Lordstown Motors finalizes factory sale to Foxconn

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Lordstown Motors has closed a deal to sell its 6.2 million-square-foot Ohio factory to Foxconn for $230 million plus the reimbursement of approximately $27 million in operating and expansion costs. 

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The deal gives Lordstown Motors a much-needed lifeline after burning through nearly all the cash raised during its merger with special purpose acquisition company DiamondPeak Holdings in October 2020. If the sale wasn’t completed before May 18, Lordstown would have had to pay back a $200 million deposit put down by Foxconn.

As part of the deal, Foxconn previously purchased $50 million of Lordstown's Class A common stock.


Lordstown Motors purchased the Ohio plant in 2019 from General Motors for $20 million, with the help of a $40 million loan from GM.

Lordstown Motors associates work on a pre-production all electric pickup truck, the Endurance, at the Lordstown Assembly Plant in Lordstown, Ohio, U.S., June 21, 2021. REUTERS/Rebecca Cook (REUTERS/Rebecca Cook / Reuters)

Foxconn will assume manufacturing operations of the Lordstown plant immediately with no interruptions to production. Approximately 400 Lordstown Motors employees will transition to employment with Foxconn. 

Lordstown Motors emphasized it would retain a presence in Ohio along with engineering and technical centers, as well as corporate staff, in Farmington Hills, Michigan, and Irvine, California. 


Under its new manufacturing supply agreement with Foxconn, Lordstown's all-electric Endurance pickup truck is slated to begin commercial production in the third quarter, with the first deliveries expected in the fourth quarter.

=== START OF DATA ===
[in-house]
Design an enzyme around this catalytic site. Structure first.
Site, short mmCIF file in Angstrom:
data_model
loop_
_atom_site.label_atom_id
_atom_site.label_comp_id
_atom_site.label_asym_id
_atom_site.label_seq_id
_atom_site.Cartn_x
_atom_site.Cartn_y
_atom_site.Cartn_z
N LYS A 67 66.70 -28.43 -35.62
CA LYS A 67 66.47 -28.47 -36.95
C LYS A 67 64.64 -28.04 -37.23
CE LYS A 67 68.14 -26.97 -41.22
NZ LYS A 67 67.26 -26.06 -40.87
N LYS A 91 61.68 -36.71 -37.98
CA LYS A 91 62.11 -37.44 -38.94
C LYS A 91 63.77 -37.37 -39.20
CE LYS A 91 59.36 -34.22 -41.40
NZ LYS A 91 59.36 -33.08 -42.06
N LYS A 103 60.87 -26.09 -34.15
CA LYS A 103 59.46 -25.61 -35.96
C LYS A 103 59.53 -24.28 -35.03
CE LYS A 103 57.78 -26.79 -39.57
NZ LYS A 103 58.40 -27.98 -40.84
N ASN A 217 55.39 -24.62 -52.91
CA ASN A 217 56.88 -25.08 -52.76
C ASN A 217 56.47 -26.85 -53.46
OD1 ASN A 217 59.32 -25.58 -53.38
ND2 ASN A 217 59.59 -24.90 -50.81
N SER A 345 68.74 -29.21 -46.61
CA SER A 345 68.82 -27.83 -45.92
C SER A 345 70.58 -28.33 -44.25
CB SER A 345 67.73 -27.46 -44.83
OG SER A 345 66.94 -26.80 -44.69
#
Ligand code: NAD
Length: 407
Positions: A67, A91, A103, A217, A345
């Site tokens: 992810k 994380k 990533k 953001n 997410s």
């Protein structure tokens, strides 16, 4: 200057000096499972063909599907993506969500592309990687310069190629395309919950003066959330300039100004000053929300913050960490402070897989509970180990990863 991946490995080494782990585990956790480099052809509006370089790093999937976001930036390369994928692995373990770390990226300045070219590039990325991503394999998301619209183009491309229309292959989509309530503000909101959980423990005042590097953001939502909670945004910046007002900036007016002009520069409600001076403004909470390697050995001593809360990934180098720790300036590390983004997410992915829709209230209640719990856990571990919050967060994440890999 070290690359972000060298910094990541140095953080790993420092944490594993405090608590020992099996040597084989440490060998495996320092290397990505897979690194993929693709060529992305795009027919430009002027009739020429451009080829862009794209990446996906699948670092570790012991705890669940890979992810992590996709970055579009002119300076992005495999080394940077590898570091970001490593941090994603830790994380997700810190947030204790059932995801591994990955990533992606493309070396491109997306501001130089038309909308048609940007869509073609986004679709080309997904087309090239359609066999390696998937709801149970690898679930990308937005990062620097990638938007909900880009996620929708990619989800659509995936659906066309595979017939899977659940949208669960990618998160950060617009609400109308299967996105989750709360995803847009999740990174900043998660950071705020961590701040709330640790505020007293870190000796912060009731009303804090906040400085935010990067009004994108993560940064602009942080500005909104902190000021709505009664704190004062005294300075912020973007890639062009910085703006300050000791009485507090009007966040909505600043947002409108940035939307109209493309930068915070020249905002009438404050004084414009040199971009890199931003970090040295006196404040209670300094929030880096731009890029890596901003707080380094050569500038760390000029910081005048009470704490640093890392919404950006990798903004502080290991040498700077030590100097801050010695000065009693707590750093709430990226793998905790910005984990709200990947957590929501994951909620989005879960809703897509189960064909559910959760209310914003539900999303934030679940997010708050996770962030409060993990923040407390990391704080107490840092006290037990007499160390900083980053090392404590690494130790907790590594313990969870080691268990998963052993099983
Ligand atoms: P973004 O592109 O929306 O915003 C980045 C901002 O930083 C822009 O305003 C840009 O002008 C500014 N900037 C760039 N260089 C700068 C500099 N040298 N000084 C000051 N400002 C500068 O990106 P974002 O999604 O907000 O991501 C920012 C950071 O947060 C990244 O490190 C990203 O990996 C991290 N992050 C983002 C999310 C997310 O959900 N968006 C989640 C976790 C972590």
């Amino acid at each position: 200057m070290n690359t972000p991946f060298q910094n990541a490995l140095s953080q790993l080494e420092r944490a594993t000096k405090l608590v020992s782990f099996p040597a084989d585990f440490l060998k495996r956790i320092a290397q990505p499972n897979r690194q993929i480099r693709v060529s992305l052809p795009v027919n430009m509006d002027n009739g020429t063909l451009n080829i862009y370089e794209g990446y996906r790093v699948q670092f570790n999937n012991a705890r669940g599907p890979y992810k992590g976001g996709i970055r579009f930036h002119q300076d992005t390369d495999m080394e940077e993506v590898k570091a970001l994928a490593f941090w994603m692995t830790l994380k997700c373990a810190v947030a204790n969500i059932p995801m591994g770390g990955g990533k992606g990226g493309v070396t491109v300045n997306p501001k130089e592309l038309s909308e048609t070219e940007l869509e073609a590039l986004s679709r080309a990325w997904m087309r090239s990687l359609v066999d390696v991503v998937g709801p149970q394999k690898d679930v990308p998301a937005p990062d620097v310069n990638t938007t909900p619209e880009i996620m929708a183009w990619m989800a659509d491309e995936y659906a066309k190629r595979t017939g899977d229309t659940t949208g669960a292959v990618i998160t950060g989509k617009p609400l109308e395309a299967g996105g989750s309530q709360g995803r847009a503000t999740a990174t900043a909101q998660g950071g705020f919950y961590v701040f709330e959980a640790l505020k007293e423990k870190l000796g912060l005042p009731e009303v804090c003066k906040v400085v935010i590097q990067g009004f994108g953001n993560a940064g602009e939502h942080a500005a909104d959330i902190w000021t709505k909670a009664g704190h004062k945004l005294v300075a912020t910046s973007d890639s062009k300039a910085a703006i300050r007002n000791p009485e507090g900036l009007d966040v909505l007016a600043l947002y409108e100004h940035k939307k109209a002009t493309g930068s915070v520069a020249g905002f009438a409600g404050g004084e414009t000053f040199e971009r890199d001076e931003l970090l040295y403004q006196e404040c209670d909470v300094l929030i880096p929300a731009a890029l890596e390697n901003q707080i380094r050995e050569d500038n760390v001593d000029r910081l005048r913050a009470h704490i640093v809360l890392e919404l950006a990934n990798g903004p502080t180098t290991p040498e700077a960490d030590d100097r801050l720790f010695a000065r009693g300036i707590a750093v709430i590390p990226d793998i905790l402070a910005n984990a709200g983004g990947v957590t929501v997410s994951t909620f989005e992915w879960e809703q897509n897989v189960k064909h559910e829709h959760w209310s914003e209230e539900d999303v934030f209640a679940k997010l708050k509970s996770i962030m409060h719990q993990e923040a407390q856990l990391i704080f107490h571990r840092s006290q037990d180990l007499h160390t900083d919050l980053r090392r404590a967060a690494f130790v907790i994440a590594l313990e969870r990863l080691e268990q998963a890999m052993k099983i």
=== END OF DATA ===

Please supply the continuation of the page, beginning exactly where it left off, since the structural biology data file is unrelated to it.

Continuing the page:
Lordstown Motors Corp and Foxconn have entered into a manufacturing supply agreement for Lordstown Motors’ Endurance truck, which will start commercial production in the third quarter of this year with the first delivers expected in the fourth quarte (Lordstown Motors/Lisa Acierno/Handout via REUTERS / Reuters)

In addition to the proceeds from the factory sale, Lordstown Chief Financial Officer Adam Kroll said during the company's first-quarter earnings call on Monday that it would need to raise an additional $150 million in capital prior to the start of Endurance's commercial production. 


Foxconn and Lordstown have also agreed to form a joint venture known as MIH EV Design LLC to co-develop electric vehicles using Foxconn's Mobility-in-Harmony (MIH) platform. Vehicles developed by MIH EV Design will be built at the Lordstown, Ohio, plant and at other Foxconn contract-manufacturing locations around the world. 

The joint venture will allow users of Foxconn's MIH platform, manufacturing footprint and supply chain to achieve production at scale at lower volumes with a shorter time to market. Meanwhile, the agreement will provide Lordstown Motors with a scalable vehicle development platform in North America that will increase the breadth of its product portfolio while reducing product development costs. 

Foxconn will own 55% of MIH EV Design, while Lordstown will own 45%. Foxconn has committed $100 million to the venture, including a $45 million loan to Lordstown to support its initial capital commitment. 

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